The Koreshan Unity Collection: An Inside Look into Processing a Large Archival Collection (Part Seven)
What should be saved?
Archivists grapple with this day in and day out. The question of what to save, commonly referred to as appraisal, is arguably the most challenging archival issue in the profession. However, the archivist is not the first to determine the long-term value of records; that role, knowingly or not, belongs to the creator.
The materials within the Koreshan Unity Collection tell much about the focus of the Unity and show that they attributed long-term value to surprising quantities and types of materials. The collection provides a glimpse into the structure of the group and shows relationships and themes between members.
Often, records are saved in order to document some sort of transaction; they offer proof of an event or an agreement. The Koreshan Unity’s administrative records are evidence of their business dealings both within their settlement at Estero, Florida, and relating to other ventures across the United States. Along with the typical receipts, tax records, and payroll records, the administrative records also include documentation of the origins of the Koreshan Unity and the emphasis its members and leaders placed on organizational structure and clear lines of authority from the Unity’s beginnings. Foundational documents such as a printed 1896 Constitutions of the Koreshan Unity and its Departments (below) are evidence of this focus on organizational structure.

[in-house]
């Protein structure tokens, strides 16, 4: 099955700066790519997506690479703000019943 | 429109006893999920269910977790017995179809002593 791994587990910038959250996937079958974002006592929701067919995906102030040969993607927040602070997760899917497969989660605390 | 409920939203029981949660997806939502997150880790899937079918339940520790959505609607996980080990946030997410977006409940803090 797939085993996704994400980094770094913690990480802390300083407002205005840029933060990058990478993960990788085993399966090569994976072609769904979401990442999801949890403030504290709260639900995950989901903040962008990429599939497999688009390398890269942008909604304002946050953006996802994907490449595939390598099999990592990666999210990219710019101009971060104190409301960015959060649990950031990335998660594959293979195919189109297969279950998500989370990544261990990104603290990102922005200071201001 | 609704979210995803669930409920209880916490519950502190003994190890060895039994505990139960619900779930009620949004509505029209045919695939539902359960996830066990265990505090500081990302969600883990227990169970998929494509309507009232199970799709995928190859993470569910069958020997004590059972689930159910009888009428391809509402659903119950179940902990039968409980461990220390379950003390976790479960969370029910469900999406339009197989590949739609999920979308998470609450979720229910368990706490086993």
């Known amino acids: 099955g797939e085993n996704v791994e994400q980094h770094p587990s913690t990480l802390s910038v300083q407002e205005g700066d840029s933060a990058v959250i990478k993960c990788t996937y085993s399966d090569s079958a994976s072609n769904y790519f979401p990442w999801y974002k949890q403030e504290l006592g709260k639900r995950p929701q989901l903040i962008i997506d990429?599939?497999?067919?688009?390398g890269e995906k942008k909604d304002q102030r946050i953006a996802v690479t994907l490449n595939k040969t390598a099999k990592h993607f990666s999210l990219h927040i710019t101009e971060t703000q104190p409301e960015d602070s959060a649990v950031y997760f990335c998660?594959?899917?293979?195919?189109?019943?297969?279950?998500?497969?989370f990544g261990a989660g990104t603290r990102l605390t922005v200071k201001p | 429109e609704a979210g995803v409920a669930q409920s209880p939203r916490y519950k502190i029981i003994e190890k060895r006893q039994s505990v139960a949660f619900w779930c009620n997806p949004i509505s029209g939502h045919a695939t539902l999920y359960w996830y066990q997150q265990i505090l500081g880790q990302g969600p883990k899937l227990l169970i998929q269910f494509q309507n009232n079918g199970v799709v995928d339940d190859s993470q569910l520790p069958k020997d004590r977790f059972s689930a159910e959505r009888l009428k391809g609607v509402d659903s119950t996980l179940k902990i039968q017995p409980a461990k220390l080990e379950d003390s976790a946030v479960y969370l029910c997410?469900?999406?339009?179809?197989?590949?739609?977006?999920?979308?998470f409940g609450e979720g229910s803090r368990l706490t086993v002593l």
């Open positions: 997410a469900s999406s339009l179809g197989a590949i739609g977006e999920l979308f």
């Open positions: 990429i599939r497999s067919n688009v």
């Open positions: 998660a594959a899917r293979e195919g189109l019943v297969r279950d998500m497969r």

The Unity’s focus on organizational structure continued after Cyrus Teed’s death, as evidenced by this “General classification and assignment of duties” from about 1909 (below).
The manuscript starts, “General classification and assignment of duties for the Edification, Assistance and Guidance of all Members of the Ecclesia or Home. Ecclesia is a Greek word signifying congregation, and as used in this connection, would embrace all those who have entered into communistic relation and have accepted Cyrus as their Shepherd and Messiah, and the authority He established as having the legal and moral right to regulate the conduct of the membership…”
Part Six of this series alluded to unexpected findings within the administrative and operational records. While most records align themselves with the function that they were created to document, it’s the unexpected items that provide archivists with the most entertainment and, in some cases, surprising insight. Here, then, is our first installment of:
They Saved What!?
Are these items in the collection because the Koreshans were meticulous record keepers? Because of a general consensus to save everything? Quite possibly it’s a combination of both. From the outset, the Koreshan Unity recognized the importance of maintaining their records to ensure long-term access and even designated members to carry out that responsibility. The size and contents of the collection are testament to that role.
As the community dwindled in the years after Teed’s death, responsibility for the Unity’s survival fell on a very small group of remaining members. It is likely that limited staff leaned towards saving everything to avoid the risk of throwing out important records. The plethora of receipts held members accountable for money spent from the communal treasury down to the last penny. While their historical value to the collection might seem less obvious than that of some other administrative records, these individual items explain daily operations of the Koreshan Unity and show the uniqueness of their administrative functions beyond what is expected.